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It's not all smooth sailing when you are young
It’s not all smooth sailing when you are young
“It’s midnight? Already? Where did the time go? Ok, I’ll see you tomorrow. I have to go finish up my I.S.U. essay. Due date is coming up.”
She hangs up the phone and says to herself, “Or rather, it’s about time I started working on that. It’s due tomorrow. Long night ahead, let’s whip out the coffee. Mom, where’s the espresso machine?!”
We’ve all found ourselves in positions where we say to ourselves, “I’ll do it later.” Welcome to high school. Procrastination defines the very essence of the high school experience. Teenagers are more than willing to risk missing due dates and losing sleep at the cost of “having a social life too.” Or are they? Does procrastination mean not caring or caring too much?
You never heard what the girl on the other end of the phone call said. “Ok. Goodnight. We’ll finish figuring out this problem set tomorrow.”
It’s all smooth sailing in grade nine and ten. You think you have everything under control. You want to use the advantage of a new beginning to start off well. You do all your homework, get in your assignments on time, ask for extra help, and hey you even start assignments early when you have a bit of spare time on your hands. Then grade eleven comes crashing and soon you find yourself swamped, but it’s okay because everything gets done regardless. You realize it’s about time you really learned how to manage your time, and start cutting back on your social life in order to keep up. Grade twelve is when the boat begins to sink. You think you can handle four classes, being a part of all the clubs at school, having a job, and still manage to have time to spend with your friends. Forget that. You are only dooming yourself.
In the midst of volunteer work, prom dress shopping, playing sports, attending events, part-time jobs, spending time with the family and life you have to find time to do your homework. Making decisions about your future, deciding which university or college to go to, visiting campus’ and doing the extra research to make sure you are happy with the path you are choosing doesn’t take up any time at all. Time, why, when did time begin to be an issue? I have all the time in the world to spare. And then it’s midnight, the night before your English I.S.U. essay is due and you say to yourself, “Wow. How did I let it get that far? When did I become a procrastinator? I’m going to fail. There’s no way I’m going to get this done in time.”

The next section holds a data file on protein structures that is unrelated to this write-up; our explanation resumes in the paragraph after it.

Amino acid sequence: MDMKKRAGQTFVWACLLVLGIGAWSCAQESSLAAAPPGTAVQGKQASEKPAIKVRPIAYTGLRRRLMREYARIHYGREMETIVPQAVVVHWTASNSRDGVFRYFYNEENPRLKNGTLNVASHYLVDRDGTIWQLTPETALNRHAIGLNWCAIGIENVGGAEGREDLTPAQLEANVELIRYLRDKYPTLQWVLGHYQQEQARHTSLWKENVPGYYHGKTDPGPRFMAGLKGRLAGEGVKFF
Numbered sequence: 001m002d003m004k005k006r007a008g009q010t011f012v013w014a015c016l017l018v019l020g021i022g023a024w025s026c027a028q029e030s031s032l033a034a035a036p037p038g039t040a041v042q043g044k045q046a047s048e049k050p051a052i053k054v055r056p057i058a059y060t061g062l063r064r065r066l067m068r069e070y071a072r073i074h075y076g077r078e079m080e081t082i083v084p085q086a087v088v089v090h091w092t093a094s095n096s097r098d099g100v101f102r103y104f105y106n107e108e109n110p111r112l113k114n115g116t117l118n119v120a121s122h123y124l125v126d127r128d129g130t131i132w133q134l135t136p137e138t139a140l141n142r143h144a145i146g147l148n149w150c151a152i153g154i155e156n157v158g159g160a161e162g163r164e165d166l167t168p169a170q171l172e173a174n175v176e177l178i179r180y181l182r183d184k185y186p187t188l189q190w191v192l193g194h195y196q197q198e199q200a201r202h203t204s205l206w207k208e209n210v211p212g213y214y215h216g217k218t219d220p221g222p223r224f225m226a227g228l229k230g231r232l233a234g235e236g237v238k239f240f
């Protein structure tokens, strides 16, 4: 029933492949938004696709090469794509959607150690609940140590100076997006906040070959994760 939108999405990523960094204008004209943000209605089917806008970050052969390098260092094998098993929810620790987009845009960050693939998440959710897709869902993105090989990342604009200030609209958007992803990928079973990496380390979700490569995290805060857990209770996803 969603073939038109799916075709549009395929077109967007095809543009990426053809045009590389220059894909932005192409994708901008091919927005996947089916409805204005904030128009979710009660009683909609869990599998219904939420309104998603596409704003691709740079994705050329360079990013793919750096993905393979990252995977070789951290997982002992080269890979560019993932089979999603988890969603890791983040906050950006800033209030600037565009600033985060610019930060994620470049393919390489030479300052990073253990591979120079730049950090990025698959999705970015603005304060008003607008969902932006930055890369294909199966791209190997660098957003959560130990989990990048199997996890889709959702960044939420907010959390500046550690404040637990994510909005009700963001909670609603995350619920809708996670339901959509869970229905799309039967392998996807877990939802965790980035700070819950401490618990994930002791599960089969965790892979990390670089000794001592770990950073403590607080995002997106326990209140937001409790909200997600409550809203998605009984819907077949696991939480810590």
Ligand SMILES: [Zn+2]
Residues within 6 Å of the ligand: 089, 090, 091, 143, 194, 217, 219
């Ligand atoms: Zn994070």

But you see the key to this experience is growth. So yes, it’s your grade twelve year and you are at risk because a major assignment may or may not be completed in time. You pull that all-nighter once and let it be a reminder to never procrastinate again.
Everyone always tells us that we shouldn’t leave things to the last minute but some of us work better under pressure. The key is to know what kind of pressure you can handle. I’m not promoting leaving an assignment that is worth ten percent of your mark to the last minute, but what I am saying is that high school is an opportunity for us to learn about our own habits. You do it once, it works out, fine, maybe it’s a fluke. If you have been in the habit of leaving things knowing that you have just the right about of time to do them, even better. Sometimes motivation comes from pressure, knowing that in a certain amount of time something needs to be done. Sometimes knowing that your mark depends on this one paper that you clearly didn’t start early is enough to keep you going and push yourself to do the very best you can considering the circumstances. Just don’t plan this so that you end up losing sleep. Maybe sometimes it proves to you that you need time to work on things (although all of us can improve given time to work harder). Some people can procrastinate and sail right through until the end. Those are the people that know how to do it though. They know how to manage their time.
High school procrastination is a myth. We don’t do it because we don’t care. It happens because we care too much, take on too many responsibilities and sometimes we just don’t know how to say no. If we were to focus strictly on our school work, then yes, we would always start things early, but high school is about so much more than that. High school is a rounded experience of academic growth and personal, spiritual, emotional, and social growth. It’s about making the right decisions at the right times and knowing what you can handle. The boat doesn’t have to sink, but it does have to endure some rocky waves. Figure out which of those waves you can sail, and take it from there.